Translated from Icelandic by Victoria Cribb

There is no more unthankful a subject, nor unsympathetic a character than neo-nazism and the leader of an Icelandic neo-nazi cell in the 1950s/early 1960s. Yet when Sjón witnessed Neo-Nazis marching through the centre of Reykjavik a few years ago, he decided that the time had come to stop satirising them (as he had previously, and to answer a serious question in all earnestness: after everything that had gone before, what makes someone turn in that direction?

However, how do you persuade readers to read a novel about such an unpleasant subject? By creating a mystery: killing off your young Neo-Nazi in the opening chapter in suspicious circumstances and not answering the hows and whys until much later. It will also engender a little sympathy for the protagonist (because who deserves to die at 24?) This opening scene also provides the moment of highest drama, because in comparison the rest of the novel is remarkably restrained. It is an attempt to show how unspecial people of this ilk are.

We must start with what we have in common with these people … we can at least show them for what they are, that we know they come from childhoods fundamentally similar to our own, that they had been nudged in a different direction by individuals and events at the beginning of their journeys, that they could so easily have become something else – that a Neo-Nazi is no more special than that. (Sjón, Afterword of Red Milk)

The key word is nudged for there are no Neo-Nazis in Gunnar Kampen’s immediate family, His parents, particularly his Norwegian father, were terrified of Hitler, who had installed a puppet leader in Norway. The remote side of his family, those who stayed in Norway, visited only rarely, and then seemingly only on sufferance. It later becomes clear that they were Nazi sympathisers (maybe even collaborators). Still there is no overt brain-washing of the child. Seeds are sown, however, and when the child becomes a teenager wanting to rebel against everything his parents stand for, there’s a path to follow that will do exactly that …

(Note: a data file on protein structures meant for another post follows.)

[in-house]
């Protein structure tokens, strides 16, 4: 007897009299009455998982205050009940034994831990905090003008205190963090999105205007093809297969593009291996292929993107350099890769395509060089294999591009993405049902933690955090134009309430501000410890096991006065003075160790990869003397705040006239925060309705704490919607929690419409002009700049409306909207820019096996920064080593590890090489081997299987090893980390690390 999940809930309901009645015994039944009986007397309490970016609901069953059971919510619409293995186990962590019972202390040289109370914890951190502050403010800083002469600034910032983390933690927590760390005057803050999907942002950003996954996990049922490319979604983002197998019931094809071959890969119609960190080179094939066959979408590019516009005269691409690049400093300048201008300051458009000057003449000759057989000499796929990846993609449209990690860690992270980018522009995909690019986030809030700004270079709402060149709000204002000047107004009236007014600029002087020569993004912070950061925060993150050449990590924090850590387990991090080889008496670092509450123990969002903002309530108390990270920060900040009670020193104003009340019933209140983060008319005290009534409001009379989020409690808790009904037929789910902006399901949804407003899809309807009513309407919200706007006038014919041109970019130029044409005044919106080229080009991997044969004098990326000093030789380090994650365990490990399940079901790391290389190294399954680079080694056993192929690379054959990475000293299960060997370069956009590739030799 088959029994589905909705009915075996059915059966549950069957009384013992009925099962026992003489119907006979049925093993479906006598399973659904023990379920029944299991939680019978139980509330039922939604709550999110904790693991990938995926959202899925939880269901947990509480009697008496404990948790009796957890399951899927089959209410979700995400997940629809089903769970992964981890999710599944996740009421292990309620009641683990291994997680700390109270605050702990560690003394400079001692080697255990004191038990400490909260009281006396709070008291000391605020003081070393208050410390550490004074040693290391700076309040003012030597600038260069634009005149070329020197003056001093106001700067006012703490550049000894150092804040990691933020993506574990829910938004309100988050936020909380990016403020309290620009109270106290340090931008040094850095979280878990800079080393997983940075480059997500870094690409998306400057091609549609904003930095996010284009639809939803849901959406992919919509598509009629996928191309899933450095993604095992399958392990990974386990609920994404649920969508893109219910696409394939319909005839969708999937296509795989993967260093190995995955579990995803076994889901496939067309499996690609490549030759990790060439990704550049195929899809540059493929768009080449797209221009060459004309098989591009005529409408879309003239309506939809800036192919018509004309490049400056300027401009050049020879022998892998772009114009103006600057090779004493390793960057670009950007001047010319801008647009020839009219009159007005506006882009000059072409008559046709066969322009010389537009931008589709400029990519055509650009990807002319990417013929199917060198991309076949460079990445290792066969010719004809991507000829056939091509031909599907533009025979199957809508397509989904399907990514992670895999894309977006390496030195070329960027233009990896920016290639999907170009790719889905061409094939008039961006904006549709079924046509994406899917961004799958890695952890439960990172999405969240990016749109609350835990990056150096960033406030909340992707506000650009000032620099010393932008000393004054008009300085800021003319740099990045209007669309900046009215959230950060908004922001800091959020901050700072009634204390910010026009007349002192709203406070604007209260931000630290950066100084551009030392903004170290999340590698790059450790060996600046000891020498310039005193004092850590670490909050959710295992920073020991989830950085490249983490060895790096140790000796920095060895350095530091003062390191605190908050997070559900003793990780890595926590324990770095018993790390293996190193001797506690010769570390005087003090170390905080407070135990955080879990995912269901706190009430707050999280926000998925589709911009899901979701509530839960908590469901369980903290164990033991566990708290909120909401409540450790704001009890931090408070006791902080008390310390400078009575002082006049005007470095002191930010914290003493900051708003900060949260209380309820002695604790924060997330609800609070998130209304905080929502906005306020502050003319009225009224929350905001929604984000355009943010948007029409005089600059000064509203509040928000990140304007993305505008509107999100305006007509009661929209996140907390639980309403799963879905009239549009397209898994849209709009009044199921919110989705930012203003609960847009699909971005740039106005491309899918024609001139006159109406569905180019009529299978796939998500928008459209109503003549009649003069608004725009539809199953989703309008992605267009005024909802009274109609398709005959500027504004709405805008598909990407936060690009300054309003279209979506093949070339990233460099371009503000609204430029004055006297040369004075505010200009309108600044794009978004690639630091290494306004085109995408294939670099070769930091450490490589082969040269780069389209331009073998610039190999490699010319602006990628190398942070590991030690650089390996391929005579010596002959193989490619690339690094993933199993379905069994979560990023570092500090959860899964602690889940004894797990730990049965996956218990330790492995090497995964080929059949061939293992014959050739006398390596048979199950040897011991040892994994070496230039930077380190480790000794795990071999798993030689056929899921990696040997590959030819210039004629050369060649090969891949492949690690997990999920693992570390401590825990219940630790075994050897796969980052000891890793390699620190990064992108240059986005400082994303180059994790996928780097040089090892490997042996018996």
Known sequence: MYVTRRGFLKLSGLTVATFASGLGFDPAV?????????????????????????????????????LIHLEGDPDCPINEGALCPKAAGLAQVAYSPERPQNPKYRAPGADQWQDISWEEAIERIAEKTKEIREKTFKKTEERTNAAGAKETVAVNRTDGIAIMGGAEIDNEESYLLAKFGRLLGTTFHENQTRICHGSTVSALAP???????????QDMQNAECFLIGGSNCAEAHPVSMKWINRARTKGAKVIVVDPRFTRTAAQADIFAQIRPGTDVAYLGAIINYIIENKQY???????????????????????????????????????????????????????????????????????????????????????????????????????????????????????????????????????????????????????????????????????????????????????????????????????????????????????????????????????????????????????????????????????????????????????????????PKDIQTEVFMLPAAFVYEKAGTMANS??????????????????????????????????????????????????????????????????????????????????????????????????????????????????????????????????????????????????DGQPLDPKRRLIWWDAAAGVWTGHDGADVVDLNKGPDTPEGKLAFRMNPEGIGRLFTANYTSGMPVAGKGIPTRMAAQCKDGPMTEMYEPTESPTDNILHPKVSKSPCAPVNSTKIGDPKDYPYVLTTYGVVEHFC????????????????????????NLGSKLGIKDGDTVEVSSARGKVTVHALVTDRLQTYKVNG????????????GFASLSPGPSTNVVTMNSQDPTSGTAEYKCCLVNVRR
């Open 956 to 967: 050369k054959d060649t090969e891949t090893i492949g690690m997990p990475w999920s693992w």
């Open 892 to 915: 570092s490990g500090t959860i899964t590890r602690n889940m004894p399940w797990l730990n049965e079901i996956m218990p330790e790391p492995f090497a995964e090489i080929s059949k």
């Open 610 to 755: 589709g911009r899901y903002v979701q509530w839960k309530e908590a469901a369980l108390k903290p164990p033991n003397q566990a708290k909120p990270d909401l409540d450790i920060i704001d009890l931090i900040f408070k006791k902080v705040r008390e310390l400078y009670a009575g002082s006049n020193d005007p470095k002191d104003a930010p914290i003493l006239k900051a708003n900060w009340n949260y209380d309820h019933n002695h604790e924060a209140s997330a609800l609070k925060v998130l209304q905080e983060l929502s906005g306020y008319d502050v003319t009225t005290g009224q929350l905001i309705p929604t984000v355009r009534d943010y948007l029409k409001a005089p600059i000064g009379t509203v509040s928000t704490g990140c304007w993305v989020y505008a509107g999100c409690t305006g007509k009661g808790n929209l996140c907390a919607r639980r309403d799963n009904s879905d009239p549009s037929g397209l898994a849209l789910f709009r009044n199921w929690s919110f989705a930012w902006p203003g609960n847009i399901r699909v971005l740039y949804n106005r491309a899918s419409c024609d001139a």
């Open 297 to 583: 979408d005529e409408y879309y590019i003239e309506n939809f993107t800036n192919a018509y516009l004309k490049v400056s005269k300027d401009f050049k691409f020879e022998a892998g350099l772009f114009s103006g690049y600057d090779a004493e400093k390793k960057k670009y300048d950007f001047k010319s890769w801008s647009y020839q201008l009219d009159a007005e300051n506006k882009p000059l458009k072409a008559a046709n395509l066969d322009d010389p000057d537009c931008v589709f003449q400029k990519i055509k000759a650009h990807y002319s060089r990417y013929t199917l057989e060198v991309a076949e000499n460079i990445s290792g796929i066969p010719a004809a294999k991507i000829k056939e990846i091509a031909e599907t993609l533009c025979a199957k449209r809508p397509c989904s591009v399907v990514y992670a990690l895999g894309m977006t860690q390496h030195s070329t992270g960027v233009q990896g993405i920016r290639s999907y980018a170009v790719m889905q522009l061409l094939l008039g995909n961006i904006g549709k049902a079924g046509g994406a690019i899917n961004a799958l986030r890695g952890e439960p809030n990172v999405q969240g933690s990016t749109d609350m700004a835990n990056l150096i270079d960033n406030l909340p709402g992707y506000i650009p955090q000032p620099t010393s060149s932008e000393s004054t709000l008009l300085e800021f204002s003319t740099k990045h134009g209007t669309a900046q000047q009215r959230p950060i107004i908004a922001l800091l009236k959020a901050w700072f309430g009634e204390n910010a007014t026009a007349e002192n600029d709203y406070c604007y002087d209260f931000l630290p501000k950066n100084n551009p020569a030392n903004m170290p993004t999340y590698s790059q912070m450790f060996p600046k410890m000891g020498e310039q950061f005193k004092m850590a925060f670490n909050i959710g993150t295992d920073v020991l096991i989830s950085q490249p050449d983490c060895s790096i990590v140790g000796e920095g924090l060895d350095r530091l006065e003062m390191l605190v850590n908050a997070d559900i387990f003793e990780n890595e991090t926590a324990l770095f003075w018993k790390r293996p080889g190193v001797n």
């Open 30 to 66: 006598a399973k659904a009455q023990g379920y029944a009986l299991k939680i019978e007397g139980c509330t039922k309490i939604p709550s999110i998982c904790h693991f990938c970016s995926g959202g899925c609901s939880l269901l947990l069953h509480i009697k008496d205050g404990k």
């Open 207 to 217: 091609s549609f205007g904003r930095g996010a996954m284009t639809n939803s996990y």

None of this is overtly stated in Sjón’s episodic narrative, observed in 3rd person, or through letters, and newspaper articles, charting the rise of Gunnar Kampen to leader of the Icelandic Neo-Nazis, and his early death in a train carriage in Cheltenham Spa (He was on his way to sign the very real Cotswold Declaration of the World Union of National Socialists.) There are many clues as to why he followed this path but Sjón does not flag them, leaving readers free to interpret for themselves. I found this both a strength and a weakness of the novel: a strength in that the distance between me and the protagonist, necessary for continued reading, was preserved, particularly when some of his more distasteful actions come to light (such as drawing up a list of those of be killed, when his party, the fictional Sovereign Power Movement, comes to power – their Jewishness established purely on the basis of their surname); a weakness in that, not being au-fait with neo-Nazi history, some (ok, most) of the actual historical references flew right by me. Sjón deliberately eschewed explanation to keep the novel tight and slim (120 pages). He also refused to weave in Nordic Saga, wanting to avoid clichée and the pathos and victimhood it brings to the Nazi narrative.

In keeping the novel spare and grounded, the focus remains on the boy and the seemingly insignificant events that made the man. It could happen to anyone. “You can’t spot a Neo-Nazi in childhood”, said Sjón, at last year’s Hay Festival*. “But you can be an example of other routes in life.”

• Event available on the Hay Player (Subscription required to access.)

I read Red Milk for NordicFINDS (Iceland Week)

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